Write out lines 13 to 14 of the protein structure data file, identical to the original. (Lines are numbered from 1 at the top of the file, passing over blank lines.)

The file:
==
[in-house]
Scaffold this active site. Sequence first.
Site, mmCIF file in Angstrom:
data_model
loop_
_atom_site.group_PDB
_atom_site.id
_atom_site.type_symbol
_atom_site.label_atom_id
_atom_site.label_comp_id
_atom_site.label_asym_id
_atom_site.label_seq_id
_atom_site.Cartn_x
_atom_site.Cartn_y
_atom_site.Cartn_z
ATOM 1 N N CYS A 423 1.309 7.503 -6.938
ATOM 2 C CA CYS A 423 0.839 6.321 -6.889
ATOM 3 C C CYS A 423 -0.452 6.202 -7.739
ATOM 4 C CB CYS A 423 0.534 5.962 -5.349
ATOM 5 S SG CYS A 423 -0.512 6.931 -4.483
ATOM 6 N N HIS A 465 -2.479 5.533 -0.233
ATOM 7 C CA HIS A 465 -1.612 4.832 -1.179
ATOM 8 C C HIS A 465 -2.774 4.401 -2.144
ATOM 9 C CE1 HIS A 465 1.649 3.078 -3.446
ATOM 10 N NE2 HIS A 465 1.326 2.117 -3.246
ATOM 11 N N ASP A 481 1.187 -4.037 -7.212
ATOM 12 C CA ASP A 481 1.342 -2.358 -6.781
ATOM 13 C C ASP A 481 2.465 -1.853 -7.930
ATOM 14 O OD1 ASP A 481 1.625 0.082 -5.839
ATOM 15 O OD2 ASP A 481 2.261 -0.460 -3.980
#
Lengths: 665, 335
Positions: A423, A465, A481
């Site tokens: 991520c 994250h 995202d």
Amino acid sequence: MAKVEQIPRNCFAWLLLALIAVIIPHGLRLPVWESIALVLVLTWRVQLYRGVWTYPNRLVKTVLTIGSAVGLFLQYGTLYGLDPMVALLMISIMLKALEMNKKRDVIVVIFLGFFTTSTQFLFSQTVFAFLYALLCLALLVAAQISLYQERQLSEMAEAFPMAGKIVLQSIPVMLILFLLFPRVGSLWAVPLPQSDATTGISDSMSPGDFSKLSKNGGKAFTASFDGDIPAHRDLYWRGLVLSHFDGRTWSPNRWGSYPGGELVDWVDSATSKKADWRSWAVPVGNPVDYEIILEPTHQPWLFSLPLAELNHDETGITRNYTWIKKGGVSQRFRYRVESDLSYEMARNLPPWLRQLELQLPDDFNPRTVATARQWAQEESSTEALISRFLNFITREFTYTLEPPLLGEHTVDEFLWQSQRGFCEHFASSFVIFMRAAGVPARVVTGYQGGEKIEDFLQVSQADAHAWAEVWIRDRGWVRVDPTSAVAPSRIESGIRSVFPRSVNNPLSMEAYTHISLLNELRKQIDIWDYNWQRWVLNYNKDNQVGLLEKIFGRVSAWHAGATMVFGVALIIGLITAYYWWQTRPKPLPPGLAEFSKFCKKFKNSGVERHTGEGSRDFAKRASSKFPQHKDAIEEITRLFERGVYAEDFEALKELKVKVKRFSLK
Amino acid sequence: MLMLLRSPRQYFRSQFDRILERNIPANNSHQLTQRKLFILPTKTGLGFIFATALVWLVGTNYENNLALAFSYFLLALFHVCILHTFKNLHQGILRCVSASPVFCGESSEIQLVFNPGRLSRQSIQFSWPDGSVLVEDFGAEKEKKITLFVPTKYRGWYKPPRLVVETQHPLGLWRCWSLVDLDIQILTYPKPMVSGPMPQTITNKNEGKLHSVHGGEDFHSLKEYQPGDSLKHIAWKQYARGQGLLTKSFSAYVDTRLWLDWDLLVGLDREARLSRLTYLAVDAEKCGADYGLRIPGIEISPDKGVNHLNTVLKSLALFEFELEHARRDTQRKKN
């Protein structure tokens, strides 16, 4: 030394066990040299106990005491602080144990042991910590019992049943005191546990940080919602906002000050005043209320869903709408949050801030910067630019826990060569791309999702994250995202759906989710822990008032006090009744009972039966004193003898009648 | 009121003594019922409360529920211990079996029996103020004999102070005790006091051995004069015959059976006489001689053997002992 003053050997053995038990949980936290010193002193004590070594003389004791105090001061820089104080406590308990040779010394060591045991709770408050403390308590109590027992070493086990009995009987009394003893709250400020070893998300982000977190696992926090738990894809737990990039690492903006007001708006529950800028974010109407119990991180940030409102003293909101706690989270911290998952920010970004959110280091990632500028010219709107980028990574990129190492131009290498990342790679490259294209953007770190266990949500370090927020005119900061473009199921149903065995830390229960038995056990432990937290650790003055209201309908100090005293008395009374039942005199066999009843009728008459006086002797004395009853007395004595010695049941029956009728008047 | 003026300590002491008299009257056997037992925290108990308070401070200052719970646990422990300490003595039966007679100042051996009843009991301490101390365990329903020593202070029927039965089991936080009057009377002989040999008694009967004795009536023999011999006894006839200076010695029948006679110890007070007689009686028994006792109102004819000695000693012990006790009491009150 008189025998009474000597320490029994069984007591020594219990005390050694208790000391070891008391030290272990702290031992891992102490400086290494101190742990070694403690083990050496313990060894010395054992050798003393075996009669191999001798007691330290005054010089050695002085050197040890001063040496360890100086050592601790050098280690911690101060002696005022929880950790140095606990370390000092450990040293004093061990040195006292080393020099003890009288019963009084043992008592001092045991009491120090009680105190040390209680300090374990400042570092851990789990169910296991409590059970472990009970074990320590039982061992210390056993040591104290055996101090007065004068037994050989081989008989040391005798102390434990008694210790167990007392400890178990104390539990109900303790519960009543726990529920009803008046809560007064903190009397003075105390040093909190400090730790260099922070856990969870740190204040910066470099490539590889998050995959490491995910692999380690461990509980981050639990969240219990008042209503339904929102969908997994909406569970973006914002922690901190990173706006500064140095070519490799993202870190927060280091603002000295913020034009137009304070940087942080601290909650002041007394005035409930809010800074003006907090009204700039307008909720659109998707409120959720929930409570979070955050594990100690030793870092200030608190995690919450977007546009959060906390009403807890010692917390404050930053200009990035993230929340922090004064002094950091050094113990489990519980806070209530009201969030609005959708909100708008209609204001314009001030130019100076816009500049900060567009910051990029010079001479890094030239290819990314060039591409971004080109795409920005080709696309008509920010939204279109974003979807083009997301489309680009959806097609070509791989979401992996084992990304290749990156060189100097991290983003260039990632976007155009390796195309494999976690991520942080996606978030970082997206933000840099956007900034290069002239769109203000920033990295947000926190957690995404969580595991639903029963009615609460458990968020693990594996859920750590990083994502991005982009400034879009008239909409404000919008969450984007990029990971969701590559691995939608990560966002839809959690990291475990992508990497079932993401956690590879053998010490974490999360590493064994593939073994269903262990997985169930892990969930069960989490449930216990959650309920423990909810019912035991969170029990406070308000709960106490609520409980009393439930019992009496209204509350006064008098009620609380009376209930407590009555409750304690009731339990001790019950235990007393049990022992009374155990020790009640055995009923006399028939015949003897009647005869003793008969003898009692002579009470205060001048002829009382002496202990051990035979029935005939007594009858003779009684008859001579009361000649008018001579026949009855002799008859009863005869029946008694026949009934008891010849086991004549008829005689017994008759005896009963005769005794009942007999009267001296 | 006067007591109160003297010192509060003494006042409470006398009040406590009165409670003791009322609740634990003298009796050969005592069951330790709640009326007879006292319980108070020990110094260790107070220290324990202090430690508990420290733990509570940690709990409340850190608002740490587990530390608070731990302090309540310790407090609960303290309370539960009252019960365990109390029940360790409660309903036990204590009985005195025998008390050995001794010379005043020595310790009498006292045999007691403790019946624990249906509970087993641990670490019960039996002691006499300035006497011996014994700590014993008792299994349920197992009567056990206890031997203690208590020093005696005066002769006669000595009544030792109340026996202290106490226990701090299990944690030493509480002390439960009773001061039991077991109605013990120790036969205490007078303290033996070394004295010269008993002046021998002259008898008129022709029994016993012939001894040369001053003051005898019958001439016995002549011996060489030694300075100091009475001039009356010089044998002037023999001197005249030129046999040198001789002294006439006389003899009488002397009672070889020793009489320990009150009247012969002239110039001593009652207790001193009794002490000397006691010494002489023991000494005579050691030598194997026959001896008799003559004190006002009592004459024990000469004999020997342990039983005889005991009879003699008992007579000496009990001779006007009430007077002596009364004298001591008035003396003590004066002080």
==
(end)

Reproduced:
_atom_site.Cartn_x
_atom_site.Cartn_y